Context Ecotourism and human recreational activities are increasing and can have a significant impact on fauna. The analysis of faecal glucocorticoid concentrations is a non-invasive method of measuring physiological stress responses of wildlife to various factors (i.e. human disturbances). Aims The aim of the present study was to determine whether increased physiological stress levels in wildcats (Felis silvestris) were a response to the level of tourism allowed within different zones in a natural park and/or a response to the seasonal reproductive state of wildcats. Methods The study was conducted from May 2005 to June 2009 at the Natural Park Montes do Invernadeiro (north-western Spain). The Natural Park is divided into the following three zones according to the level of tourism allowed: restricted public-use, restricted zone and integral reserve. An enzyme immunoassay technique was used to quantify cortisol metabolites and sex hormones from each of 110 fresh wildcat faecal samples collected from walked transects on forest roads within each zone. The number of visitors was recorded as a measure of tourist pressure. Key results The general linear model indicated that park zone and faecal progesterone levels were the factors that explained the variation in the faecal glucocorticoid metabolite levels. Cortisol metabolite concentrations were higher in some park zones where tourism intensity was higher (restricted public-use zone). Faecal cortisol metabolite concentrations were more elevated during gestation (spring) and during the young dispersal period (autumn). Key conclusions Therefore, we recommend that some zones of park (integral reserve) continue being maintained free of visitor impact and that visitor numbers be specially controlled during the animals' sensitive periods (gestation) in the zone of restricted public use and in the restricted zone.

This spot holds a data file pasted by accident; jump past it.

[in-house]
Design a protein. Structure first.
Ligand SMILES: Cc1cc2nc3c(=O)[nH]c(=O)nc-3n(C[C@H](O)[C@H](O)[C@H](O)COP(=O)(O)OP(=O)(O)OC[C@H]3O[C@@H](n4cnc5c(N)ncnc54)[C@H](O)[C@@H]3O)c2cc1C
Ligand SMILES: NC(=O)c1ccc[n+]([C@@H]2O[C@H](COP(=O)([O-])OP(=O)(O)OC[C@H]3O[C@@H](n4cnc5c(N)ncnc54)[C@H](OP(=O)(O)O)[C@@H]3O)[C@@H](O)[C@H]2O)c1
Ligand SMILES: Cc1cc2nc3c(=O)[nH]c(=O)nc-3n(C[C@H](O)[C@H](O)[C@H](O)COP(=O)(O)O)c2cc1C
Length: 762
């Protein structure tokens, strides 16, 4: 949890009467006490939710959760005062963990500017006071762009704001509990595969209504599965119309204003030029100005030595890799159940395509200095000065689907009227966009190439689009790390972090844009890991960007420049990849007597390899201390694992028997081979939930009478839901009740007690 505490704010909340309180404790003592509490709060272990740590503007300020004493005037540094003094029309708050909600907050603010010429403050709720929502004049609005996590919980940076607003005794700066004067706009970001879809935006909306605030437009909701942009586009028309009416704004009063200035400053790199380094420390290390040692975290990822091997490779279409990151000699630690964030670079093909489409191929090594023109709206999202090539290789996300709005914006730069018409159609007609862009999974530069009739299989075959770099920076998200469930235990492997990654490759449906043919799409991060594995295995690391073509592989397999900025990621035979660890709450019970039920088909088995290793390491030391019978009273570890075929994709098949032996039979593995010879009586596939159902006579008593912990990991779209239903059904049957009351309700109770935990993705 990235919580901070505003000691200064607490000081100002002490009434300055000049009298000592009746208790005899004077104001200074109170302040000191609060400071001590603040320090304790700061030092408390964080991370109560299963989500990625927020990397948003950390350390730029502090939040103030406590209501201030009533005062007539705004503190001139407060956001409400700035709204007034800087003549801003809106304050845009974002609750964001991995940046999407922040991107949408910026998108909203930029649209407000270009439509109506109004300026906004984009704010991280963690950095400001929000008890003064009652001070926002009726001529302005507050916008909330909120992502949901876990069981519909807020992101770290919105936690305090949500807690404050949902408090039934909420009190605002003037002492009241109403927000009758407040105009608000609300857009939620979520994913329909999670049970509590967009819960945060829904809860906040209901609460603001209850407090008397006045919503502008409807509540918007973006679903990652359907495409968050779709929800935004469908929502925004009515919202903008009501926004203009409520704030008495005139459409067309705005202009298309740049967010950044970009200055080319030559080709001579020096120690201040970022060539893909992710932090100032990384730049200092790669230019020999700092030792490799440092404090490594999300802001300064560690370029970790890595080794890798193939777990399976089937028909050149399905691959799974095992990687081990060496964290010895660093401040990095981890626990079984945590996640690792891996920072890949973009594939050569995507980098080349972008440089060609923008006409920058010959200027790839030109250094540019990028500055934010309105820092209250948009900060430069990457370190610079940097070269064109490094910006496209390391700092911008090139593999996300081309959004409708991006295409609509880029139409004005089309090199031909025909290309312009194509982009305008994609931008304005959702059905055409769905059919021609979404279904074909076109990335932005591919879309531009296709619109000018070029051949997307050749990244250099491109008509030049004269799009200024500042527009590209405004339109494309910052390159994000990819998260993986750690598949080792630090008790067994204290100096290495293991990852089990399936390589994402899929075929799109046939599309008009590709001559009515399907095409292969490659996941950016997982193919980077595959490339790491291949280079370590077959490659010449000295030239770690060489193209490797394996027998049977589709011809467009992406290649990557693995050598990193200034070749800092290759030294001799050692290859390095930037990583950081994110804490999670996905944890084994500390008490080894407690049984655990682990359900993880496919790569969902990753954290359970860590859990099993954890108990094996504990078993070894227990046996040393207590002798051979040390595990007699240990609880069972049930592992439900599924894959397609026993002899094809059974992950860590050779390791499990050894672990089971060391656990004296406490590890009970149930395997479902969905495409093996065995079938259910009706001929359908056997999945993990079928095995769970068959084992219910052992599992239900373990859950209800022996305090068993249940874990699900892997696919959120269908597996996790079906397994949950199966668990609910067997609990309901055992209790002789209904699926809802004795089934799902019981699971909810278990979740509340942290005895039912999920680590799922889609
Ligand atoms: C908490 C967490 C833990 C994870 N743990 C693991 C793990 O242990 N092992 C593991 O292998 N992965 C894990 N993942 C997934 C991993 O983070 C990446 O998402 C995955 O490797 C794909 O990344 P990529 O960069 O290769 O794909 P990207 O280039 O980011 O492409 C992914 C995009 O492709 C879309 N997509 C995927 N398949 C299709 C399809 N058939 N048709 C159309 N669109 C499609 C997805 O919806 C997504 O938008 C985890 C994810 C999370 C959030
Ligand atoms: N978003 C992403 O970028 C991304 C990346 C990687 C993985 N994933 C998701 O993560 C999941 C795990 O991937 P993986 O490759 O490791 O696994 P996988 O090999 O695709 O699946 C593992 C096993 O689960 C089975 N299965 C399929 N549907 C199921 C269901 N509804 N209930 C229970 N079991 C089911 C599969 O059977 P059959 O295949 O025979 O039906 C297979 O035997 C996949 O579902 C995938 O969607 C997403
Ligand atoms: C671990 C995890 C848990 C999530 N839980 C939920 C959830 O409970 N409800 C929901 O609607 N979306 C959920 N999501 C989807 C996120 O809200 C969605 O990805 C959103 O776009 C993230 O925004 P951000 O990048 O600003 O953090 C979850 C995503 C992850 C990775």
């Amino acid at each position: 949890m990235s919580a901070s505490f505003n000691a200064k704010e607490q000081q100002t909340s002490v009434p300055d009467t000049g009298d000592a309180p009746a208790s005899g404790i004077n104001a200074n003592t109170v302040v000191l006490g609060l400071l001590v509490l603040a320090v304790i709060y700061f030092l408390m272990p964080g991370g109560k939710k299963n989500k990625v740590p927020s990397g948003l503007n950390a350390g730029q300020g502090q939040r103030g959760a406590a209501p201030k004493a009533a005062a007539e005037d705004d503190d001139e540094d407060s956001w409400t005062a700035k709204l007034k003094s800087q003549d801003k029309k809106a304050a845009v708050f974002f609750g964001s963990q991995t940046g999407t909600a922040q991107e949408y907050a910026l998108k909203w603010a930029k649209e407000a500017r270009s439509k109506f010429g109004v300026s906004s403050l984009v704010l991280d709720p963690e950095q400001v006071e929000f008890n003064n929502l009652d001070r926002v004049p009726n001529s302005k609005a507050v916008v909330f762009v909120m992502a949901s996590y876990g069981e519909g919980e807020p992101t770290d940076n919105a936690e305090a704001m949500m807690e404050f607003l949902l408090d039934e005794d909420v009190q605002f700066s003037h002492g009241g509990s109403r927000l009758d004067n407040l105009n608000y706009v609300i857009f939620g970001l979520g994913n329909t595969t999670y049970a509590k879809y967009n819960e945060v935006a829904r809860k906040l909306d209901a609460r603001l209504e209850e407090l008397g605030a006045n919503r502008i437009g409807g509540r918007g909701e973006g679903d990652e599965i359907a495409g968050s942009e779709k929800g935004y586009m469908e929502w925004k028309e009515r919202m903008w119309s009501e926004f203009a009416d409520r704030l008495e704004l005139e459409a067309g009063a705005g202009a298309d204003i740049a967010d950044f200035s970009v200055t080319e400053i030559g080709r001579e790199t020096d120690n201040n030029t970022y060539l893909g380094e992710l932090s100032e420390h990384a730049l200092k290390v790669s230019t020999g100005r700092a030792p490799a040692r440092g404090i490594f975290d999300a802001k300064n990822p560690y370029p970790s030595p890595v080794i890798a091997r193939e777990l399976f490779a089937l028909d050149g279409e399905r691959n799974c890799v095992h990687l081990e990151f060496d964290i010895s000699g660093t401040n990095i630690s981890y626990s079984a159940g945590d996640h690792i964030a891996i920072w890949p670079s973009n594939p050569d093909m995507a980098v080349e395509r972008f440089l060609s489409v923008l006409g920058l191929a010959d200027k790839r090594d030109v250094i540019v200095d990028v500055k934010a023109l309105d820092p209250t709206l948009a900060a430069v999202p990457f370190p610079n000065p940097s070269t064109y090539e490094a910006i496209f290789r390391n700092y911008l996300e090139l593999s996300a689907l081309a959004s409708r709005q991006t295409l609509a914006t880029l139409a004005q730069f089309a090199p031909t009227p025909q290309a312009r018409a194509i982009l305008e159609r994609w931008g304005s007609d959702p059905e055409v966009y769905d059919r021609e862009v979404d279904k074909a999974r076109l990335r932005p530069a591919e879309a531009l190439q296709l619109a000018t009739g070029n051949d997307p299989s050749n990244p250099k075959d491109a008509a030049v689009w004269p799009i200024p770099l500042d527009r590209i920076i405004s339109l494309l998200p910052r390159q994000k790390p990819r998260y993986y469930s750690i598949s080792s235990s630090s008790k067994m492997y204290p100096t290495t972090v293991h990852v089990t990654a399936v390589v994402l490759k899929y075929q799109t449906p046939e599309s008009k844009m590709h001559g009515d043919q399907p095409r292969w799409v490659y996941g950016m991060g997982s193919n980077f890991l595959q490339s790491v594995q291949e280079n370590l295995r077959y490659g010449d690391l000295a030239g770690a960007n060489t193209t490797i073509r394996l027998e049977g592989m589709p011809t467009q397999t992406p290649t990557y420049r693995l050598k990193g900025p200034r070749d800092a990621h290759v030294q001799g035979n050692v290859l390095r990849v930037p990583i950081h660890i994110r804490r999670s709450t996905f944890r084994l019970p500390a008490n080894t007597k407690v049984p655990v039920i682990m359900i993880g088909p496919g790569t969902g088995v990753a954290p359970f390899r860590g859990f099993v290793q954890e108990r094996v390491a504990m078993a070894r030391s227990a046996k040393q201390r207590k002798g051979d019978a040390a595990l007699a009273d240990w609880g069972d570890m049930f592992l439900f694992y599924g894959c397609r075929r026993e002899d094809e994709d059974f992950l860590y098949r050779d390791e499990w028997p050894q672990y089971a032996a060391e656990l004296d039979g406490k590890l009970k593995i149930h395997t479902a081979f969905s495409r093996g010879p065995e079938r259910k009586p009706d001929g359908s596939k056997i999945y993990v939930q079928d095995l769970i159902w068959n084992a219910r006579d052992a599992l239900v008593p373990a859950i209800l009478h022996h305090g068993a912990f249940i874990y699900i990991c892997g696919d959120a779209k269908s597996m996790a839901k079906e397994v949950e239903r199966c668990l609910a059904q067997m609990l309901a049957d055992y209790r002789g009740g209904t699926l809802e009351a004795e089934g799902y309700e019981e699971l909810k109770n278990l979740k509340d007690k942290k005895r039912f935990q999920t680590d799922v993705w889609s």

ASJC Scopus subject areas
- Management, Monitoring, Policy and Law
- Ecology, Evolution, Behavior and Systematics